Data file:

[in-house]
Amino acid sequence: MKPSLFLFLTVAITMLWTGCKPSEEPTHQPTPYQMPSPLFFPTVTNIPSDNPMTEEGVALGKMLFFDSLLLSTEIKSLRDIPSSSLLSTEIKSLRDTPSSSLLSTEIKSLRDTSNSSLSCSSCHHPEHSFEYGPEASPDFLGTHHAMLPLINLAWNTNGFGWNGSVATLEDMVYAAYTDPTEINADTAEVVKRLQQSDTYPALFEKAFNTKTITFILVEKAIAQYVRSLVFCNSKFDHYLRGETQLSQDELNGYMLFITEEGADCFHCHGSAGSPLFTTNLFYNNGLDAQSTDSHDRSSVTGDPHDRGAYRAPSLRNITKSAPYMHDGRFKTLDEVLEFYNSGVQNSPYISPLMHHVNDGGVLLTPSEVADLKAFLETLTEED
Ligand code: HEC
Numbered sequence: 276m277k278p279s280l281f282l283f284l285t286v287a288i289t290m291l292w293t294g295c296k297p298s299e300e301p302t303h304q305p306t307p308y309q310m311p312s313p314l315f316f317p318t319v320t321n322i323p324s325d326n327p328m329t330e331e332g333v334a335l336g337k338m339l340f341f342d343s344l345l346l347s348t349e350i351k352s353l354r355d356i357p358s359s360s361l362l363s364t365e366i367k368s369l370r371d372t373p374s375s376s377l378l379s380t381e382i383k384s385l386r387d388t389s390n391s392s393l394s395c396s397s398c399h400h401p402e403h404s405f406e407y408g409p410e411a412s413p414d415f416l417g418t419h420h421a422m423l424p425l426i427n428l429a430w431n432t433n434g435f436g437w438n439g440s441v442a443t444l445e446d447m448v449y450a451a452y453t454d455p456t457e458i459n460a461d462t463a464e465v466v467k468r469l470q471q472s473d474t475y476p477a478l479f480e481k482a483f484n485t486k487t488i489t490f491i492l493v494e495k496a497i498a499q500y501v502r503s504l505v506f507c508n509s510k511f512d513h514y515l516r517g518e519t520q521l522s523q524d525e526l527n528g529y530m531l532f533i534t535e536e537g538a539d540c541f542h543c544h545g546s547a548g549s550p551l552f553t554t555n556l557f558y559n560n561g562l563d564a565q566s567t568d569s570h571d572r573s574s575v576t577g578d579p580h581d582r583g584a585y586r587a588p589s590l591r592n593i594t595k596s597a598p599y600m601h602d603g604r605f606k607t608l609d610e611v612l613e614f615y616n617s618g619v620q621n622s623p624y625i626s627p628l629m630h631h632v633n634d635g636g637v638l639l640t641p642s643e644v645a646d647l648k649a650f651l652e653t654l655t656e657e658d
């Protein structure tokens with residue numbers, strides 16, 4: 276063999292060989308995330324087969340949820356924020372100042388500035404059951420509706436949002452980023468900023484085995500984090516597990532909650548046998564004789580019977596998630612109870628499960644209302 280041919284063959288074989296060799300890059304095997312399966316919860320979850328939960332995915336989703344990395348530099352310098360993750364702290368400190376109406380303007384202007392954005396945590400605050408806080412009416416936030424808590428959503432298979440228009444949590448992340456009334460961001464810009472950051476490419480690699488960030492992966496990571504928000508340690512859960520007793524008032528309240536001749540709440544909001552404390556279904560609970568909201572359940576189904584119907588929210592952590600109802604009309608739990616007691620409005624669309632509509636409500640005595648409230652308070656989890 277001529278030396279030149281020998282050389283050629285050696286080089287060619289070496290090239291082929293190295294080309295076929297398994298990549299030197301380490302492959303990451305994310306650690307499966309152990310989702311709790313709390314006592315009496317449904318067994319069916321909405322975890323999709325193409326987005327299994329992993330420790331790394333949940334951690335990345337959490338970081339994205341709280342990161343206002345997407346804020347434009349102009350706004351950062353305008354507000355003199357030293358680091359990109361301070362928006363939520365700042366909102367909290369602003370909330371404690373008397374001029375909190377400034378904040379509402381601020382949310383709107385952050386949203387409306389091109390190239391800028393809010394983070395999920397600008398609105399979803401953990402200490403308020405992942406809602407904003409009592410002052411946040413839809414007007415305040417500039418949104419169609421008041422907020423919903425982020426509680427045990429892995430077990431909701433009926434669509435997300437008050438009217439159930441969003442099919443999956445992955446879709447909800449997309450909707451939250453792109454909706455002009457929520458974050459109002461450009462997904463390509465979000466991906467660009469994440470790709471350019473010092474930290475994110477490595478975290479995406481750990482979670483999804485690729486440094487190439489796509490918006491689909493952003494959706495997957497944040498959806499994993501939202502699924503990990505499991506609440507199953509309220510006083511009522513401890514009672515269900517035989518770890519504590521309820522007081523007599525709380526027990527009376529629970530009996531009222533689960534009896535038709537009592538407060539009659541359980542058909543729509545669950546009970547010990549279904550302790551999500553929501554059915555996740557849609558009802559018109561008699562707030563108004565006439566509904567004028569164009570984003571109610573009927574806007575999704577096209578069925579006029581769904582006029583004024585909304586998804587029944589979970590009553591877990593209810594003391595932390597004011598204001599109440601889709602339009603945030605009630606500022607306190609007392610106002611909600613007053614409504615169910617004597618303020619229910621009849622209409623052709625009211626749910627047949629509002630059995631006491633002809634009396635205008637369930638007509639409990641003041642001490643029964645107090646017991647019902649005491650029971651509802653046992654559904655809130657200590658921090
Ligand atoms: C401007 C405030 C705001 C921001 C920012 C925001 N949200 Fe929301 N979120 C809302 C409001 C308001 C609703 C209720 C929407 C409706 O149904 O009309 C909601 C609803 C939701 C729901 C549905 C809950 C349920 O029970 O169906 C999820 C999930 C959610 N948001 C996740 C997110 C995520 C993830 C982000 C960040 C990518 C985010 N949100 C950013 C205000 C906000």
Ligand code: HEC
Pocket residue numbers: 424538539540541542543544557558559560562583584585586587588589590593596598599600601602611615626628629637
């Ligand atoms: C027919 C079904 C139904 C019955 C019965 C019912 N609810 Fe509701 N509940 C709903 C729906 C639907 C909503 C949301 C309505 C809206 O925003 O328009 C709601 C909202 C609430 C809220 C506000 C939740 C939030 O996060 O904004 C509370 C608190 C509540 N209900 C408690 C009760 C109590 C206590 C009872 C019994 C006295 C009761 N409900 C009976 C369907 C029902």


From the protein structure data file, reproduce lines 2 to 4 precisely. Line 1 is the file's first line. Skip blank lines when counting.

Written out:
Amino acid sequence: MKPSLFLFLTVAITMLWTGCKPSEEPTHQPTPYQMPSPLFFPTVTNIPSDNPMTEEGVALGKMLFFDSLLLSTEIKSLRDIPSSSLLSTEIKSLRDTPSSSLLSTEIKSLRDTSNSSLSCSSCHHPEHSFEYGPEASPDFLGTHHAMLPLINLAWNTNGFGWNGSVATLEDMVYAAYTDPTEINADTAEVVKRLQQSDTYPALFEKAFNTKTITFILVEKAIAQYVRSLVFCNSKFDHYLRGETQLSQDELNGYMLFITEEGADCFHCHGSAGSPLFTTNLFYNNGLDAQSTDSHDRSSVTGDPHDRGAYRAPSLRNITKSAPYMHDGRFKTLDEVLEFYNSGVQNSPYISPLMHHVNDGGVLLTPSEVADLKAFLETLTEED
Ligand code: HEC
Numbered sequence: 276m277k278p279s280l281f282l283f284l285t286v287a288i289t290m291l292w293t294g295c296k297p298s299e300e301p302t303h304q305p306t307p308y309q310m311p312s313p314l315f316f317p318t319v320t321n322i323p324s325d326n327p328m329t330e331e332g333v334a335l336g337k338m339l340f341f342d343s344l345l346l347s348t349e350i351k352s353l354r355d356i357p358s359s360s361l362l363s364t365e366i367k368s369l370r371d372t373p374s375s376s377l378l379s380t381e382i383k384s385l386r387d388t389s390n391s392s393l394s395c396s397s398c399h400h401p402e403h404s405f406e407y408g409p410e411a412s413p414d415f416l417g418t419h420h421a422m423l424p425l426i427n428l429a430w431n432t433n434g435f436g437w438n439g440s441v442a443t444l445e446d447m448v449y450a451a452y453t454d455p456t457e458i459n460a461d462t463a464e465v466v467k468r469l470q471q472s473d474t475y476p477a478l479f480e481k482a483f484n485t486k487t488i489t490f491i492l493v494e495k496a497i498a499q500y501v502r503s504l505v506f507c508n509s510k511f512d513h514y515l516r517g518e519t520q521l522s523q524d525e526l527n528g529y530m531l532f533i534t535e536e537g538a539d540c541f542h543c544h545g546s547a548g549s550p551l552f553t554t555n556l557f558y559n560n561g562l563d564a565q566s567t568d569s570h571d572r573s574s575v576t577g578d579p580h581d582r583g584a585y586r587a588p589s590l591r592n593i594t595k596s597a598p599y600m601h602d603g604r605f606k607t608l609d610e611v612l613e614f615y616n617s618g619v620q621n622s623p624y625i626s627p628l629m630h631h632v633n634d635g636g637v638l639l640t641p642s643e644v645a646d647l648k649a650f651l652e653t654l655t656e657e658d